"Clerks generally like this because it reduces pressure on Election Day — as long as the funding is there," he said.
Gronke said early voting has won wide acceptance in the South and West but has run into resistance in the more tradition-minded Northeast. "It seems more geographic than partisan," he said.
Early voting could have an impact on several swing states in the presidential election – notably Iowa, Ohio and Colorado. Encouraging early voting has been a keystone of President Obama's campaign from its beginning — the president himself cast his own vote Friday in Illinois — but Mitt Romney's camp has been encouraging Republicans in those states to vote early as well.
A look at the websites of the two parties in Maryland illustrates their differing attitudes toward early voting. On the Republican Party home page, no mention of early voting can be found. The Democrats, meanwhile, give it a prominent place at the top of the page, with a link to information on when and where to cast early ballots.
Maryland Democrats are planning several events around early voting, including an appearance by O'Malley's March, the governor's Irish band, at a pub in Silver Spring. O'Malley himself plans to vote early.
David Ferguson, executive director of the Maryland Republican Party, said the state GOP is encouraging early votes. He said the GOP will deploy workers at early voting sites, but not just to encourage votes for Republicans. The party also will have poll watchers out to make sure nobody votes more than once.
"We want to make sure the process has integrity," he said.
John T. Willis, a former Maryland secretary of state who now teaches government and public policy at the University of Baltimore, said Republicans would gain from devising strategies to get their voters to the poll early rather than fighting the concept.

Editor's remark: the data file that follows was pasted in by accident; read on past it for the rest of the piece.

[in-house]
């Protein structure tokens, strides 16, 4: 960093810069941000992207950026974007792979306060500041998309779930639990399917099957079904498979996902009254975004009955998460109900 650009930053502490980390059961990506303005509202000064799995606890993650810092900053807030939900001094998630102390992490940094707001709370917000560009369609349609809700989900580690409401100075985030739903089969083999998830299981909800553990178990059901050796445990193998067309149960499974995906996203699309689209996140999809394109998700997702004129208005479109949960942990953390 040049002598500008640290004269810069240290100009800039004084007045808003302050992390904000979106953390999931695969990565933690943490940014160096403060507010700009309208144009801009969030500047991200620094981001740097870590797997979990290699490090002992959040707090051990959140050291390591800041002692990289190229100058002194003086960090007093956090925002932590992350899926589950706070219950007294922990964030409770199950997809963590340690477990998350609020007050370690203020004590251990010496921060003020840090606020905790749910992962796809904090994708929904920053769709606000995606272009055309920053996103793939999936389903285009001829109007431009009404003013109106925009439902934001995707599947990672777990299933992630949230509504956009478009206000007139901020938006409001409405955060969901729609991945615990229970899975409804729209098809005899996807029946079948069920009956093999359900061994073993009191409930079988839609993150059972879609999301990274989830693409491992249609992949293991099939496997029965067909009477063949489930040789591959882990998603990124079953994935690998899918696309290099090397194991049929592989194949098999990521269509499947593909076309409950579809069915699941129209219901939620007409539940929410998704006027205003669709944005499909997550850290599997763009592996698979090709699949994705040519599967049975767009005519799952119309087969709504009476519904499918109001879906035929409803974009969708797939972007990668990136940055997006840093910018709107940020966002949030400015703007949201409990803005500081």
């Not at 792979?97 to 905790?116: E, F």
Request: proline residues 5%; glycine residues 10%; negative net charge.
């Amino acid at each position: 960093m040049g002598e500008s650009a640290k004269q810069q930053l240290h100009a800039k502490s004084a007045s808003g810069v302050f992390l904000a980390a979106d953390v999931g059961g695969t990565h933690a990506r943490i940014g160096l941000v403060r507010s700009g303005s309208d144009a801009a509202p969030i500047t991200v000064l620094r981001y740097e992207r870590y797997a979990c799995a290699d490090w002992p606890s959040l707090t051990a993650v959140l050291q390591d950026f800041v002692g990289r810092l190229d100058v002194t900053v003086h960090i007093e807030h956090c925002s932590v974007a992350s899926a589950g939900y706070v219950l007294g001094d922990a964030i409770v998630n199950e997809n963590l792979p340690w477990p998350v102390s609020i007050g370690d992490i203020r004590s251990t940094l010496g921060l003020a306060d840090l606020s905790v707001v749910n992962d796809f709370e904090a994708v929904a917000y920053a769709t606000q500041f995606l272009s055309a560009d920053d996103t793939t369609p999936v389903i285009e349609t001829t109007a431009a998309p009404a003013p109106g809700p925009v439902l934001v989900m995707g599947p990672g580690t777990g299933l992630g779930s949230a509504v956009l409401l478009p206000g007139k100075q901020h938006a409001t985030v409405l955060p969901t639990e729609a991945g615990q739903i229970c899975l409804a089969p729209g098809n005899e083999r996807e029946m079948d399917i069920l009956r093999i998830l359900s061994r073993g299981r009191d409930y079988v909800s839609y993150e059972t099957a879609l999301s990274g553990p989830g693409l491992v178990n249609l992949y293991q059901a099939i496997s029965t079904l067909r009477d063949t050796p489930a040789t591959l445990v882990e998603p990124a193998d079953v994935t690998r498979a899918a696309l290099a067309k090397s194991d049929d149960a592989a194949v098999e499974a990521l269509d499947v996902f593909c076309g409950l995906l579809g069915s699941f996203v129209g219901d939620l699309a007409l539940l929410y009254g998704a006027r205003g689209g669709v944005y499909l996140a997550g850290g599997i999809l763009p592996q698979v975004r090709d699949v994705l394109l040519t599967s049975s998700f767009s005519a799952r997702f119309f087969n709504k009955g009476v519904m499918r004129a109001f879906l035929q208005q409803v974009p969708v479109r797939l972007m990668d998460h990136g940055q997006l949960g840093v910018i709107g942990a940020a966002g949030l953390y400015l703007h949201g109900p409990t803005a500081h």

"I don't see us going back," he said.
Early voting could be a relief for voters in some counties where they will face many ballot questions in a addition to the seven statewide issues. Anne Arundel voters, for instance, will decide 15 local referendum questions. The county is large enough that it can offer five early voting centers.
The state's early-voting law prescribed the dates and times for the 2010 and 2012 primary and general elections, but is silent about future election years, Goldstein said. If the General Assembly doesn't act, he said, the board would decide on the dates for 2014.
Del. Jon Cardin, a Baltimore County Democrat who heads the House subcommittee on elections, said he expects the General Assembly to take a fresh look at Maryland's early-voting program after this year's election, including the question of whether to open more locations. He said a key reason Maryland doesn't offer more voting days is the cost.
Willis said he expects there may be pressure to extend Maryland's early-voting period across two weekends. One reason, he said, is simply that voters like it, including his 98-year-old mother.
"If the weather's bad, you can skip that day. You can go on a day of good weather," he said.
Early voting sites
Early voting sites will be open in Baltimore and each of Maryland's 23 counties Saturday through Thursday. Hours are noon to 6 p.m. Sunday and 10 a.m. to 8 p.m. all other days. Sites in the Baltimore area are listed here. For other locations, go to http://www.electionsmaryland.com or call 1-800-222-8683.
ANNE ARUNDEL COUNTY
West County Library
1325 Annapolis Road
North County Library
Glen Burnie 21060
Severna Park Library
45 McKinsey Road
Severna Park 21146
Boys & Girls Clubs
121 South Villa Ave.
25 Stepneys Lane
Public Safety Training Facility
(Old Pimlico Middle School)
3500 W. Northern Parkway
St. Brigids Parish Center
900 S. East Ave.
Maritime Industries Academy School #431
5001 Sinclair Lane
League for People with Disabilities
1111 E. Cold Spring Lane
Edmondson Westside Sr. High School #400
501 Athol Ave.
7720 York Road
Bloomsbury Community Center
106 Bloomsbury Ave.
Honeygo Community Center
9033 Honeygo Blvd.
Perry Hall 21128
North Point Library
1716 Merritt Blvd.
Randallstown Community Center
3505 Resource Drive
Westminster Senior Activities Center
125 Stoner Ave.
McFaul Activity Center
525 W. MacPhail Road
Bel Air 21014
Florence Bain Senior Center
5470 Ruth Keeton Way
Ellicott City Senior Center
9401 Frederick Road
Ellicott City 21042
Ridgely's Run Community Center
8400 Mission Road